Turkish President Erdogan’s Bodyguards Beat Up US Protesters—Again

The skirmish happened shortly before Trump said the leader is “getting very high marks.”

Turkey's President Recep Tayyip Erdogan and President Donald Trump shake hands prior to their meeting in New York on Thursday, Sept. 21, 2017.AP

Facts matter: Sign up for the free Mother Jones Daily newsletter. Support our nonprofit reporting. Subscribe to our print magazine.

On Thursday, President Donald Trump showered praise upon the increasingly autocratic Turkish President Recep Tayyip Erdoğan. “It’s a great honor and privilege—because he’s become a friend of mine—to introduce President Erdogan of Turkey,” Trump told reporters at a bilateral meeting in New York, where both leaders have been this week for the UN General Assembly. “He’s running a very difficult part of the world. He’s involved very, very strongly and, frankly, he’s getting very high marks.”

Just hours earlier, Erdoğan’s bodyguards were captured on camera brutally beating up U.S. protesters inside the Marriott Marquis Hotel in Times Square, where Erdoğan was giving a “special address” to a reception in his honor.

Today’s skirmish marks the second time this year that the Turkish president’s bodyguards have gotten physical on US soil. The last time this happened was at a May demonstration outside the Turkish embassy in Washington, D.C. Nine people were injured, and in August, a Washington, D.C., grand jury returned indictments against 15 Turkish security officials and four others. The indictment states that Erdoğan’s security detail and his supporters “used threats and physical violence—intensely kicking at protesters—to dispel the anti-Erdoğan protesters, attack the anti-Erdoğan protesters, and blatantly ignore American law enforcement commands to cease the violence.” As Politico notes, the White House never addressed the incident.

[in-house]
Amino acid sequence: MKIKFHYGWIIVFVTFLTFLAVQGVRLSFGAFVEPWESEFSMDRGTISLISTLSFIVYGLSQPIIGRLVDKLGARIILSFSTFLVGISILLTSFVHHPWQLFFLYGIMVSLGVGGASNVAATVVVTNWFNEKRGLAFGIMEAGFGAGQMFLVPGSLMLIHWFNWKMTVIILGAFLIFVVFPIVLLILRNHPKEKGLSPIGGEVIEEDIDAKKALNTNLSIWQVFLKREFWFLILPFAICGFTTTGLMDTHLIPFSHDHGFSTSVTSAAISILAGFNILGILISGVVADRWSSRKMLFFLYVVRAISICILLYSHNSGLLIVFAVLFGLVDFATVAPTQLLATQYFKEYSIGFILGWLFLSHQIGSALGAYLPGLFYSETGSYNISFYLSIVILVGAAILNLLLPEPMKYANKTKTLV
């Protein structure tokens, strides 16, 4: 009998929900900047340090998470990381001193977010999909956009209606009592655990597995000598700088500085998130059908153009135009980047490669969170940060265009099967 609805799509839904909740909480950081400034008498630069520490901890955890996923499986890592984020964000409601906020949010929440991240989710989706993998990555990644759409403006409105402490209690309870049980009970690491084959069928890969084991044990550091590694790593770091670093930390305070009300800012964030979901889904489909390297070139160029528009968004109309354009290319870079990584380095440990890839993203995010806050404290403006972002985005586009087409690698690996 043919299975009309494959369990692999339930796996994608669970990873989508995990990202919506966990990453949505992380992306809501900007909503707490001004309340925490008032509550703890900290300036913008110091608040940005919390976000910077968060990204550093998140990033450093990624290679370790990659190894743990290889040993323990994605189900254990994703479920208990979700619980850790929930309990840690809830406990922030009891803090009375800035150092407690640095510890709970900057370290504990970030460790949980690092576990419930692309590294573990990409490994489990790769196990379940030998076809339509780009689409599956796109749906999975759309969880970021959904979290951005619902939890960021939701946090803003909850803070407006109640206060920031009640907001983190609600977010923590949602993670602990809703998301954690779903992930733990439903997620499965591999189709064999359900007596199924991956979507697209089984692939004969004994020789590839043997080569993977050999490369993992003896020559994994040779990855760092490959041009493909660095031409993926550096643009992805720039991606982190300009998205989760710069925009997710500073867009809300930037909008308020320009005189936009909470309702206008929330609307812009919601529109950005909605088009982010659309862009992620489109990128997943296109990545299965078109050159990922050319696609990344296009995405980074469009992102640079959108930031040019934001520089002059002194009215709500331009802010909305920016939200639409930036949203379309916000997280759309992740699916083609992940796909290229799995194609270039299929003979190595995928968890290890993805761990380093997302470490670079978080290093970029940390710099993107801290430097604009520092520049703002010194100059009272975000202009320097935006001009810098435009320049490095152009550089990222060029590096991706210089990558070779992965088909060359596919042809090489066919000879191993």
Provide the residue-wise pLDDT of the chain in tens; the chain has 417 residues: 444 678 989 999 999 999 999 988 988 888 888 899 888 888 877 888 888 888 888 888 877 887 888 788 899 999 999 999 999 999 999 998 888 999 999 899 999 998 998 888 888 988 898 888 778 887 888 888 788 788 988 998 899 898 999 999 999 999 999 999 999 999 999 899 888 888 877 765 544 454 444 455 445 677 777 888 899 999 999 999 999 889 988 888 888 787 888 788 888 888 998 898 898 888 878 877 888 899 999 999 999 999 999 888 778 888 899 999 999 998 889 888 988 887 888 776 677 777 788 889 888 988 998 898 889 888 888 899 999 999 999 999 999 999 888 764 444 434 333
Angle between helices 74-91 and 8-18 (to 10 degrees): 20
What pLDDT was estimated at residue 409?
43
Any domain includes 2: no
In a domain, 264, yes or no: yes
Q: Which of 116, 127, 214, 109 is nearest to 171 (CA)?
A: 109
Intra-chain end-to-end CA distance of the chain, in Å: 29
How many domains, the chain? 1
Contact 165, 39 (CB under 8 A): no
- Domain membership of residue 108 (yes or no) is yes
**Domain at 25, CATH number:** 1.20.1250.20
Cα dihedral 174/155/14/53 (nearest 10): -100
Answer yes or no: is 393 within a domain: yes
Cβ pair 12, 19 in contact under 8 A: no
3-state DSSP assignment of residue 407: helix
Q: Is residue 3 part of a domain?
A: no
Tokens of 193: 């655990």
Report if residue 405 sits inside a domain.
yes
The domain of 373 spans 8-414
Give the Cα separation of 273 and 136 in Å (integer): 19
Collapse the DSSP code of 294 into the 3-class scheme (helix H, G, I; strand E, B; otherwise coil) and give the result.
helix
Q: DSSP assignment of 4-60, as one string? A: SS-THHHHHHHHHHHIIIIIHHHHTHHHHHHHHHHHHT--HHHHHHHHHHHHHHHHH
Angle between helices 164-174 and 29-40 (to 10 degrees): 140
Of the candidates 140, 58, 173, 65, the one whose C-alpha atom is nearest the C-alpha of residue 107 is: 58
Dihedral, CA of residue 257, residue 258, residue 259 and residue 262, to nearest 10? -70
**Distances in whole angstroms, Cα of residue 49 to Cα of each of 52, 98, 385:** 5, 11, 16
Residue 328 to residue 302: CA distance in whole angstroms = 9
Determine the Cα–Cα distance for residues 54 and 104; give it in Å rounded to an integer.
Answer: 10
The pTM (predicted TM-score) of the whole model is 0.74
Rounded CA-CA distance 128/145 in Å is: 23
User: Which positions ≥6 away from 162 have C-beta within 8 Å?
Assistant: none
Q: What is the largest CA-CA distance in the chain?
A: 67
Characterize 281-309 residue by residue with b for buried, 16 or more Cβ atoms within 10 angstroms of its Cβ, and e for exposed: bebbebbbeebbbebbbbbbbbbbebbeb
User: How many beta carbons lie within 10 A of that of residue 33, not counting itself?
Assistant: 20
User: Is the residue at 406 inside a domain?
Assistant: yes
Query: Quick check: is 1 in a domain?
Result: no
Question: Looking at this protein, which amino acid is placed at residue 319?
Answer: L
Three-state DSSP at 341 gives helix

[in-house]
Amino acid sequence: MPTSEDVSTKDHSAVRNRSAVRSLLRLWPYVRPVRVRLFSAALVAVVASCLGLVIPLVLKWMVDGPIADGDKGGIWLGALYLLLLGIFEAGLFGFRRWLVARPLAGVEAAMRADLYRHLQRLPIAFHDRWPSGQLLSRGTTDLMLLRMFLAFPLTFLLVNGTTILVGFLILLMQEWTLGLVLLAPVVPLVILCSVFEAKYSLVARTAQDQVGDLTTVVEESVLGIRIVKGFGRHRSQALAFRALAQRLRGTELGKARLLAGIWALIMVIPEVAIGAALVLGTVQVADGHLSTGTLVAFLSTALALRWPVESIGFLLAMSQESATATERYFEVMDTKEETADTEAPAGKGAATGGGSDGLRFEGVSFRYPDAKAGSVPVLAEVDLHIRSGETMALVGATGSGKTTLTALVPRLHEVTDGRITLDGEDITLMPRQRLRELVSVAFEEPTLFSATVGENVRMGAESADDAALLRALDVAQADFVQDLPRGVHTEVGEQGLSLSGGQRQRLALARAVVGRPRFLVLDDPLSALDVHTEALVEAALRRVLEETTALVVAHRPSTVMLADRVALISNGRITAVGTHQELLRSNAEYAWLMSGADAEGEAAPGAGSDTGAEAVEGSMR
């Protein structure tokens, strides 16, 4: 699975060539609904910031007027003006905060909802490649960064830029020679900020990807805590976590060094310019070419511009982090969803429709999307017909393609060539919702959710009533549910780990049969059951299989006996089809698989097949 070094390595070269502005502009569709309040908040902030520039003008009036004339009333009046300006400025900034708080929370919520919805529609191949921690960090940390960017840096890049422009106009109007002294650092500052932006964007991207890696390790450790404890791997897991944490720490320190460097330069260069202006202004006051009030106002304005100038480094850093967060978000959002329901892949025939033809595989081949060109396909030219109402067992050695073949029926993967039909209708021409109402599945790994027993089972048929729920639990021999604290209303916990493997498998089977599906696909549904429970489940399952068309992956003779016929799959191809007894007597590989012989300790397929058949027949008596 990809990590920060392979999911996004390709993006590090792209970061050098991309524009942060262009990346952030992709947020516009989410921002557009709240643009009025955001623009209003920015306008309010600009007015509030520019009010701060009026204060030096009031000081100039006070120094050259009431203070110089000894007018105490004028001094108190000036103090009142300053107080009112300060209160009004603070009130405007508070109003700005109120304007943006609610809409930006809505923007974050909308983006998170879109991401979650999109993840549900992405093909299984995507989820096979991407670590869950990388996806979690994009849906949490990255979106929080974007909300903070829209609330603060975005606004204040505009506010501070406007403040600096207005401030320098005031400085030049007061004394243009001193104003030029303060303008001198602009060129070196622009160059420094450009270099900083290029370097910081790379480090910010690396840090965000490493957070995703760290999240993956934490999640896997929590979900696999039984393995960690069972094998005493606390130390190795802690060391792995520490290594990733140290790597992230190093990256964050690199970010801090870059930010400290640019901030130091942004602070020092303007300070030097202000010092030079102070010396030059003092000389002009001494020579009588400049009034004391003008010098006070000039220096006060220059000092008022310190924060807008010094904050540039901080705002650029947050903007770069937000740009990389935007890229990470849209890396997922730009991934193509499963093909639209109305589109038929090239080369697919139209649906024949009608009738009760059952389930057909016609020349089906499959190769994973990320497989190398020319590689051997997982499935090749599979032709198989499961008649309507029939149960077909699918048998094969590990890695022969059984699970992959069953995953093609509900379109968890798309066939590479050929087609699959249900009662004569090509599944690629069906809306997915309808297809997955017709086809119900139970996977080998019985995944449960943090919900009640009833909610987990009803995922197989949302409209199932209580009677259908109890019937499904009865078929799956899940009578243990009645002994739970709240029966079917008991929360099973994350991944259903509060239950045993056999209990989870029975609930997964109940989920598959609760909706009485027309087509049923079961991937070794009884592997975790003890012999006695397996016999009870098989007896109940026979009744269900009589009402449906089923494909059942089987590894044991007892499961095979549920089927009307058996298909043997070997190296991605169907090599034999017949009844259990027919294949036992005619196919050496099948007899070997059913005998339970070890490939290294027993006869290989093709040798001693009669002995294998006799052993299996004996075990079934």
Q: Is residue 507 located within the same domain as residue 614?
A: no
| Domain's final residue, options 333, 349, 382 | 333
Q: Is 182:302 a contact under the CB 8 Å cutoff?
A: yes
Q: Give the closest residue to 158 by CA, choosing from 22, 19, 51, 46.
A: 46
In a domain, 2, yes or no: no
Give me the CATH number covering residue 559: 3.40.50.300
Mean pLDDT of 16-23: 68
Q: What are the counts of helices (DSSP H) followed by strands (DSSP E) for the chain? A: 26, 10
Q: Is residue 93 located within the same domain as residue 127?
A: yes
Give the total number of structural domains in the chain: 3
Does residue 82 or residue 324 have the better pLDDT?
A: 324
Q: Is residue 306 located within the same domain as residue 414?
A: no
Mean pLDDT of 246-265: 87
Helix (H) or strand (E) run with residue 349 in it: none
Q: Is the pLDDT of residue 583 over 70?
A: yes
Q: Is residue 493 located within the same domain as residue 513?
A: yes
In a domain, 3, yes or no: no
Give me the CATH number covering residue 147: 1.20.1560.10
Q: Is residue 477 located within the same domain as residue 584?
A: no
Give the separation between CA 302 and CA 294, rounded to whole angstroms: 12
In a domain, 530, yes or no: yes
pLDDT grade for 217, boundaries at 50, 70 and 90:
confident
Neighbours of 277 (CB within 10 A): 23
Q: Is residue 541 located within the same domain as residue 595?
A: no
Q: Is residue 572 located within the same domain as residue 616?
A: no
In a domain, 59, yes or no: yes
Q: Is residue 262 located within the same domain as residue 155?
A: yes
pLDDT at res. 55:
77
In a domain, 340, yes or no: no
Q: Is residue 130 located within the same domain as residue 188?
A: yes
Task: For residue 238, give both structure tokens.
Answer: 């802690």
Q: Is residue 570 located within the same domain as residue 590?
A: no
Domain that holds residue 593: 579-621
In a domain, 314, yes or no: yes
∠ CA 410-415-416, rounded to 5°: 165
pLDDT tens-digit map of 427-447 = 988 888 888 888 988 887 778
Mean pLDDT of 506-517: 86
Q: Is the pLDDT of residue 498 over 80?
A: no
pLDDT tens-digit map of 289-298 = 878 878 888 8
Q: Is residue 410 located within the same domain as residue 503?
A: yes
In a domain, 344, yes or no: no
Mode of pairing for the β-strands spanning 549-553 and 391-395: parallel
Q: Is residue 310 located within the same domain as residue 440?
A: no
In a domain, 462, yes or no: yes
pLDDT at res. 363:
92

Since the failed coup in Turkey last July, Erdoğan has been busy silencing dissenters in his home country through intimidation, firings, force, and jail time. Approximately 40,000 teachers have been purged, 130,000 people suspected of being dissenters have been fired in the private and public sectors, and 120 journalists have been jailed, as have more than a dozen opposition lawmakers.

Watch how the violence unfolded on Thursday, from multiple angles:

THE END...

of our annual funding cycle is fast approaching, on June 30, and we have a considerable $230,000-plus gap in our online fundraising budget.

If you value the nonprofit journalism you get from Mother Jones, and you can, right now is an important time to help us keep charging hard with a much-needed and much-appreciated donation.

payment methods

THE END...

of our annual funding cycle is fast approaching, on June 30, and we have a considerable $230,000-plus gap in our online fundraising budget.

If you value the nonprofit journalism you get from Mother Jones, and you can, right now is an important time to help us keep charging hard with a much-needed and much-appreciated donation.

payment methods

We Recommend

Latest

Sign up for our free newsletter

Subscribe to the Mother Jones Daily to have our top stories delivered directly to your inbox.

Get our award-winning magazine

Save big on a full year of investigations, ideas, and insights.

Subscribe

Support our journalism

Help Mother Jones' reporters dig deep with a tax-deductible donation.

Donate